How EU will manage fuel in light of the Russian trade interdiction

EU and the UK have already enforced the prohibition of Russian crude oil while the ban on diesel and petroleum will kick in from February 05 2023. That is a full 23 days away. For the EU, it creates a huge supply gap, considering the EU and the UK imported half of their seaborne shipments from Russia in 2021. One major concern is to find alternative exporters of oil to bridge the gap. 

 

 

The most viable option for the EU is the Middle East with its convenient trade route via the Suez Canal. ADNOC has already struck a deal to supply Germany with fuel. Even the US and India are expected to produce record volumes of distillates for trucks and automobiles in the EU region. A nation whose policies could be a gamechanger for the market would be China, whose outward shipments have increased in recent times. In the recent past, China chose to prioritize environmental benefits over fuel exports.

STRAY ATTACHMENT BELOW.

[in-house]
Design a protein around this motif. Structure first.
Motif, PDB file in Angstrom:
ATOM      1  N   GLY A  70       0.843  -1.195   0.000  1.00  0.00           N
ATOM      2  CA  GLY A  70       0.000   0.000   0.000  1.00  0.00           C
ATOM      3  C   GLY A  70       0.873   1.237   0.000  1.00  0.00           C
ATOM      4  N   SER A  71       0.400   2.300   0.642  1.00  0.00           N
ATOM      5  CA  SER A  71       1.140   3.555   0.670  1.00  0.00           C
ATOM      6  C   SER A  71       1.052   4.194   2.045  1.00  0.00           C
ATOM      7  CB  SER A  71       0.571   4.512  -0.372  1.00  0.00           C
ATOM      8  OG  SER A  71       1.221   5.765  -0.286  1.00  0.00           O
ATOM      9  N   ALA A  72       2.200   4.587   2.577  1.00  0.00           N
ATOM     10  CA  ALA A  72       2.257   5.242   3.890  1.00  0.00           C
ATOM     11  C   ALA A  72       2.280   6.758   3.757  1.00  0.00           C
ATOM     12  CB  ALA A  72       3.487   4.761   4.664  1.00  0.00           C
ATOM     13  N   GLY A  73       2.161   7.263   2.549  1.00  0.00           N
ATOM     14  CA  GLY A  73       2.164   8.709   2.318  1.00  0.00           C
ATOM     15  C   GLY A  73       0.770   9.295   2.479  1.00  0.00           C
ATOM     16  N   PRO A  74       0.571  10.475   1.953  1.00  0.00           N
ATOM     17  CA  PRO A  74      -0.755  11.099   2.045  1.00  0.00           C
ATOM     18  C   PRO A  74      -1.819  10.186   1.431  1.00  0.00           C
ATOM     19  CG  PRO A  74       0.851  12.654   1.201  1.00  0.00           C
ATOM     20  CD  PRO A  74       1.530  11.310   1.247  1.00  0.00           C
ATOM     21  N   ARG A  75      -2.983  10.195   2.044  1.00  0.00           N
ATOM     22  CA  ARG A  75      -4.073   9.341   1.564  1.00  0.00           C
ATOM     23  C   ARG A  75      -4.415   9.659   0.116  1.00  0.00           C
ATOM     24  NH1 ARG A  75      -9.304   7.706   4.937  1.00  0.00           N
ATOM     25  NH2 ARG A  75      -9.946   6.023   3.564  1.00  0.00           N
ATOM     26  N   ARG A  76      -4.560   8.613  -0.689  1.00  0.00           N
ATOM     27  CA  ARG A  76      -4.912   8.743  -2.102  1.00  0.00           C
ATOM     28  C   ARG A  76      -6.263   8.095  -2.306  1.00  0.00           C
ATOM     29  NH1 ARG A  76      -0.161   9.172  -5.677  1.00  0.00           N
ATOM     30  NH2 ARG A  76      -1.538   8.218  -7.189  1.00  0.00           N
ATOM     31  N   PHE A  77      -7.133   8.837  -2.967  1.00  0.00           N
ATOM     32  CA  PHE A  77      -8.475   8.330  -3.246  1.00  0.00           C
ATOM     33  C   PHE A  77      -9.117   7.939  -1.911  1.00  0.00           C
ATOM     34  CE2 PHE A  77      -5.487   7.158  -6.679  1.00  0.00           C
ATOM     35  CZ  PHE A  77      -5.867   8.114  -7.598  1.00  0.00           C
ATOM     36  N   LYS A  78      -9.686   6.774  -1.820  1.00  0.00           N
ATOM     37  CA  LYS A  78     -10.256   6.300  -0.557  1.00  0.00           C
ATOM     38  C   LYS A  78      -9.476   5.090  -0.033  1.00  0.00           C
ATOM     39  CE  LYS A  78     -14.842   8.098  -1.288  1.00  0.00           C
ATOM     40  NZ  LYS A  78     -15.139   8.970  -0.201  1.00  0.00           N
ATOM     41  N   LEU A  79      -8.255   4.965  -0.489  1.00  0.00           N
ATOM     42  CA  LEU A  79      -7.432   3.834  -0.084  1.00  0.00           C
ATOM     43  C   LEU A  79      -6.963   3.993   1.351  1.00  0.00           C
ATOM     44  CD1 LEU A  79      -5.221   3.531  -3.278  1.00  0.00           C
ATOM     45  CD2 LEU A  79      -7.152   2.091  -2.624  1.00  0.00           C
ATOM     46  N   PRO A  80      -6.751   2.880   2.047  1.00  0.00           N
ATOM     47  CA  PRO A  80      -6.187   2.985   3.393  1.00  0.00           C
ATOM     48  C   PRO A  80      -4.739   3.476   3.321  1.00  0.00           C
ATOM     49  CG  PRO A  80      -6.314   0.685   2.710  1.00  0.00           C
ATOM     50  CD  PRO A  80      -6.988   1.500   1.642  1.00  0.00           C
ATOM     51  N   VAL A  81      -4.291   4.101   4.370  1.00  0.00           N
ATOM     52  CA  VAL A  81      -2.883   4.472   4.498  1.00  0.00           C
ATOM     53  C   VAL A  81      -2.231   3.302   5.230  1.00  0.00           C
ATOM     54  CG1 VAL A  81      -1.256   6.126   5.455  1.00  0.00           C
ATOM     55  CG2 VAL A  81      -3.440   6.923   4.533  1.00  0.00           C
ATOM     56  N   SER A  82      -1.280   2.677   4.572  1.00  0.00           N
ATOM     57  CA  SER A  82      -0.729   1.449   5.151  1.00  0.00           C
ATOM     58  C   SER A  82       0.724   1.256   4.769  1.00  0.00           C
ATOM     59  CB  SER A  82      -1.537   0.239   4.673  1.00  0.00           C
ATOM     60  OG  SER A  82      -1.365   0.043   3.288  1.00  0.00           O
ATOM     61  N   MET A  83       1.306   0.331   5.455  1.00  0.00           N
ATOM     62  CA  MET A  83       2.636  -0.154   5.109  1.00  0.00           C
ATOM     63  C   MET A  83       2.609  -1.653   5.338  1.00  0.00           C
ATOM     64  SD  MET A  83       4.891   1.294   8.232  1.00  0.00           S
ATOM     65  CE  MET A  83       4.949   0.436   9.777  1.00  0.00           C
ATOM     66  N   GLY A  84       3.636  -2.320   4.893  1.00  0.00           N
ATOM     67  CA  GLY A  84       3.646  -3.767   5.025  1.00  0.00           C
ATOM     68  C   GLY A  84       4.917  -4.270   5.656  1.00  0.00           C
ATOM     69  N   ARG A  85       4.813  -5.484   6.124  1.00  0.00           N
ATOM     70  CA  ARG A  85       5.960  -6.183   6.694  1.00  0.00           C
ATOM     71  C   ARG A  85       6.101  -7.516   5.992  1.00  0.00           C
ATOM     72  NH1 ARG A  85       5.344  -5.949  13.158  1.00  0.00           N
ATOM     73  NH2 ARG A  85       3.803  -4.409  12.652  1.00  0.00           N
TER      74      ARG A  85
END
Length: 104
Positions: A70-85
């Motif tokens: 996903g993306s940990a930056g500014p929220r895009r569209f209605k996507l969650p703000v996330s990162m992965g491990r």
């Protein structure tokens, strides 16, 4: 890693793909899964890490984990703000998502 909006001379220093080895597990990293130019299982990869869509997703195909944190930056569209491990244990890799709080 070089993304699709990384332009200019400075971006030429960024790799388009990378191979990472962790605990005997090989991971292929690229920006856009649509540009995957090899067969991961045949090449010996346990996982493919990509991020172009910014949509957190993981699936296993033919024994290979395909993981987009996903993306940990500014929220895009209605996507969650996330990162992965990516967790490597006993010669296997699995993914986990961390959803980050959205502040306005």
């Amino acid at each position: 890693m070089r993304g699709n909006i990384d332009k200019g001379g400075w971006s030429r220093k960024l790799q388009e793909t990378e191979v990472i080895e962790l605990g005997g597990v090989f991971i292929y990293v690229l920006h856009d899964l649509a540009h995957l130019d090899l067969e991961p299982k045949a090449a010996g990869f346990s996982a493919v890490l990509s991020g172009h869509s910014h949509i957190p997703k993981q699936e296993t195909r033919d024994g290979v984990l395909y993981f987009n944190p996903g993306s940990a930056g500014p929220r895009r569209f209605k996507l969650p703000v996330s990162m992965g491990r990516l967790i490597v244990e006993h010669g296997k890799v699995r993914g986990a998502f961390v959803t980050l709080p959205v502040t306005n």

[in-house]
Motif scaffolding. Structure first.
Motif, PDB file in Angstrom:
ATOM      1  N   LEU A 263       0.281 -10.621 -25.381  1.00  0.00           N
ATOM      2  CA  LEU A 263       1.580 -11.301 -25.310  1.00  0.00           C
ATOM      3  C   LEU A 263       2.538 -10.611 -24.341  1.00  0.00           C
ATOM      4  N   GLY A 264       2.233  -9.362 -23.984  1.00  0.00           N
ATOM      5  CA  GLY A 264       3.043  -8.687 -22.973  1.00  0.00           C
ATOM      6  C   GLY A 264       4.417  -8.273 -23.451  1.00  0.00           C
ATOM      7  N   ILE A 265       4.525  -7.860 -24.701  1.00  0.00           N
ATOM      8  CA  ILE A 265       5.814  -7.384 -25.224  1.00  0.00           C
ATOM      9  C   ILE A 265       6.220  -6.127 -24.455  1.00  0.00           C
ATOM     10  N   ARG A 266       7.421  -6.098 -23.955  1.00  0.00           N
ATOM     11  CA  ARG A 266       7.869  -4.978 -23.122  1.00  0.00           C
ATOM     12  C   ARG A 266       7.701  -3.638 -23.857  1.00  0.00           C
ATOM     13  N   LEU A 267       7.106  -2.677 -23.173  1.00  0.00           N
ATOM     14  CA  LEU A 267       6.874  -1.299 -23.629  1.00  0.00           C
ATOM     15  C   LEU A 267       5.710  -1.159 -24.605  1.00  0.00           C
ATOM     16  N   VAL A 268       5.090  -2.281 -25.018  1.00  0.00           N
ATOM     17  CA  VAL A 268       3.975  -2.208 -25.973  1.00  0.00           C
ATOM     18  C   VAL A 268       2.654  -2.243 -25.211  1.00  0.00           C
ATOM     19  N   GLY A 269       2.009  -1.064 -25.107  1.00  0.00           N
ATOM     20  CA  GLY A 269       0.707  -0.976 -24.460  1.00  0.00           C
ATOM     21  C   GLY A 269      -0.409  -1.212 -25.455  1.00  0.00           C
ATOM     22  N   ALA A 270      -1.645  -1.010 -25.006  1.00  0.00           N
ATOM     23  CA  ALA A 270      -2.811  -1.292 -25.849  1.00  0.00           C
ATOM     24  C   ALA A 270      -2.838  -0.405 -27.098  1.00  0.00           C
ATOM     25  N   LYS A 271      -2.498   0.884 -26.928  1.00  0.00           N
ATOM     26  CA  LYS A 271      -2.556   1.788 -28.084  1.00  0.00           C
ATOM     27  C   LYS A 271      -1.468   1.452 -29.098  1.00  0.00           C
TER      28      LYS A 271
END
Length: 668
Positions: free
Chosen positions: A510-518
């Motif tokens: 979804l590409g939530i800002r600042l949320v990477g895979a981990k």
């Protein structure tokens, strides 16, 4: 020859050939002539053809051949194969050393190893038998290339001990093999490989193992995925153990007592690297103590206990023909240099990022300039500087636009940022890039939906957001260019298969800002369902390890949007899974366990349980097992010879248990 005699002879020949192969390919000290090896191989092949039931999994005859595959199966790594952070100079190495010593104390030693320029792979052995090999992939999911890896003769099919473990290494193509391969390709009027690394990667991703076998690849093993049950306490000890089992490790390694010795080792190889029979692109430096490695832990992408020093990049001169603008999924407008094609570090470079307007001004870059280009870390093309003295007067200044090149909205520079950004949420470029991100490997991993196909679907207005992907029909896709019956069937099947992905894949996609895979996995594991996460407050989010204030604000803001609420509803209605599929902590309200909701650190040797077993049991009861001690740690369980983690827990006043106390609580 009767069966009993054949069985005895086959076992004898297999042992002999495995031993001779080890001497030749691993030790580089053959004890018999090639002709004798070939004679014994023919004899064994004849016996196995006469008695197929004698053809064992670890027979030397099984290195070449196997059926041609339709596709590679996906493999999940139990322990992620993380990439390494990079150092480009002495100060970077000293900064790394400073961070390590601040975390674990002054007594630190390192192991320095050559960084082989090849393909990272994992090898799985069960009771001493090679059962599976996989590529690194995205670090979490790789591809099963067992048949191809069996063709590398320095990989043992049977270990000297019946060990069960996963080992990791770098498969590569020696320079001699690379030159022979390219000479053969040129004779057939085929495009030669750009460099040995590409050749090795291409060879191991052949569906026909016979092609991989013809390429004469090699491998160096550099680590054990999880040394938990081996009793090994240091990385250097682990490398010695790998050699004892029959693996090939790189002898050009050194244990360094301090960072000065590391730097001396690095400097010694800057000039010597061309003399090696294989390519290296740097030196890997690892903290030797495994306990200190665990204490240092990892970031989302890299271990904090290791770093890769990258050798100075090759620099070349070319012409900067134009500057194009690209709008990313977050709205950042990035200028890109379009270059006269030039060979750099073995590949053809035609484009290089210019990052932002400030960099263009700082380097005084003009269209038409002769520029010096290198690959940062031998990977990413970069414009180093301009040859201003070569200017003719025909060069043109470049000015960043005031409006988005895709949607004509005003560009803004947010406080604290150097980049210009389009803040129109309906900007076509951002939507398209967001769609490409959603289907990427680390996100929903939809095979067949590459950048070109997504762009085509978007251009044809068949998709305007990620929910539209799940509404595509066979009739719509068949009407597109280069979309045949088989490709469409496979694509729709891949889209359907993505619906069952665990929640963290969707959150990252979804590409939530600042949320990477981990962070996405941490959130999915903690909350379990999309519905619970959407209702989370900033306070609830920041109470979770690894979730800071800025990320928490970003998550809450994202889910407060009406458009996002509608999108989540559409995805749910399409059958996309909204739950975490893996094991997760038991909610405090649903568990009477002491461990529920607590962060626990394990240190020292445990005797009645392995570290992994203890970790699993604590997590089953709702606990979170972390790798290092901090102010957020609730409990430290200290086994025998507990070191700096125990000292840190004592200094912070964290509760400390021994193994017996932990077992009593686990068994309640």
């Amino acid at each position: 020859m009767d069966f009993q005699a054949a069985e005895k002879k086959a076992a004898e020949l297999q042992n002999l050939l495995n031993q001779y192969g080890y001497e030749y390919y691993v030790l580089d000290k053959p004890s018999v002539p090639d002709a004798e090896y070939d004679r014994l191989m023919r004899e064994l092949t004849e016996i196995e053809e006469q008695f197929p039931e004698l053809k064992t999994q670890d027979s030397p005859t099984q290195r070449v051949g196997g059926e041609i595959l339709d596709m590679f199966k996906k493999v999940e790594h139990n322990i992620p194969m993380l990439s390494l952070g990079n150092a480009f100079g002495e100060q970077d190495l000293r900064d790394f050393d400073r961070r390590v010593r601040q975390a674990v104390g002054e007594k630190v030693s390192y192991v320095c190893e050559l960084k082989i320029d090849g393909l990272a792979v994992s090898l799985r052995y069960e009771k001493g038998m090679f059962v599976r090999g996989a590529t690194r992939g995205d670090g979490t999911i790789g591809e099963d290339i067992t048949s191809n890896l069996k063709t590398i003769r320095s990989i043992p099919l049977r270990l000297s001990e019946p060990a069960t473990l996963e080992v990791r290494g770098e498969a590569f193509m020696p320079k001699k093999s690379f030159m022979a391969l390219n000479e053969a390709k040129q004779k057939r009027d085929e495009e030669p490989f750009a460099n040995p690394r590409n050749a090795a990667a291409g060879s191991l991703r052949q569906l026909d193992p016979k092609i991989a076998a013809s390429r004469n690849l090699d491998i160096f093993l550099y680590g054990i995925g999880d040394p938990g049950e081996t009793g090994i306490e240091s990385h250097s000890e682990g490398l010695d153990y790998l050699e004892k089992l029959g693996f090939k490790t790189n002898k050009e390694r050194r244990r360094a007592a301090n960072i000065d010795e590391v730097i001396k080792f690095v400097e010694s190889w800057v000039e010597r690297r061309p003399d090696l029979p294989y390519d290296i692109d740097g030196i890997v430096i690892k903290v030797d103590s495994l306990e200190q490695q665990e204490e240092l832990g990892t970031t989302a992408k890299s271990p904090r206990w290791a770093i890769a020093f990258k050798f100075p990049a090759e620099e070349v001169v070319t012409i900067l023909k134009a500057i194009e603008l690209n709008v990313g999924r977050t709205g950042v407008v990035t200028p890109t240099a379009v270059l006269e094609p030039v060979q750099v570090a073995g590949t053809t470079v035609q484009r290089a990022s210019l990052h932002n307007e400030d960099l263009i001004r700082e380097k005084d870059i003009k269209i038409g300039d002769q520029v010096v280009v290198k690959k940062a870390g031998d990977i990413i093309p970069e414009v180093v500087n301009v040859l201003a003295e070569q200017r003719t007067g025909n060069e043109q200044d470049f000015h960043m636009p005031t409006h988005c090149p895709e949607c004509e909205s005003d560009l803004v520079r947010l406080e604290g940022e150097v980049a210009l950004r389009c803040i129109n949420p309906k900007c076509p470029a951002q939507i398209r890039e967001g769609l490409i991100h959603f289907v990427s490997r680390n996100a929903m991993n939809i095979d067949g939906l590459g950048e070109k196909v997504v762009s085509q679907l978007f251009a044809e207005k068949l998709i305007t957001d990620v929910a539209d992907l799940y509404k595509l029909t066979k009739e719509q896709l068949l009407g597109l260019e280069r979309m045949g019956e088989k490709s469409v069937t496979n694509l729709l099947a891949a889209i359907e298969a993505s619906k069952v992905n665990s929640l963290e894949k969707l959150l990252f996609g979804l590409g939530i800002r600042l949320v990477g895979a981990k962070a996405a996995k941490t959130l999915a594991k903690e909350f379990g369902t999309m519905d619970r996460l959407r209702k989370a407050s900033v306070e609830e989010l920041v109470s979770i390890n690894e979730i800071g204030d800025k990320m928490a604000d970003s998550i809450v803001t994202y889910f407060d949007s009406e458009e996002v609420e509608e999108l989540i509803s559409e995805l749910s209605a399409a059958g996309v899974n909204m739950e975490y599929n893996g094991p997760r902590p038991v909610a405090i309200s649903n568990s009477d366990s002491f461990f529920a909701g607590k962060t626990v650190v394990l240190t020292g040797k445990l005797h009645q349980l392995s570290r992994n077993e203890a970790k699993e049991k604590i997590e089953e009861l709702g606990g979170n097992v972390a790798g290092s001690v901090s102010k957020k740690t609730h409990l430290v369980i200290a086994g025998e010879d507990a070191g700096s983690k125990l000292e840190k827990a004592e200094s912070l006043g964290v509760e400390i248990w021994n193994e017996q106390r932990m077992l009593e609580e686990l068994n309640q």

The switching of demand from Russia to other nations looks feasible on paper. However, there could be the disruptive impact of the supply gap if Russian barrels vanishing completely from the market. If Russia is unable to find any suitable non-EU buyer, production would inevitably be cut down, which in turn could tighten world supplies and push up the crude price per barrel.

 


However, one view is that things may still go by smoothly since EU demand for oil and gas has been slackening. The EU demand may actually be lower. In effect, the cessation of supplies from Russia to the EU may not have a real impact. In the process, Russia could end up losing its market.

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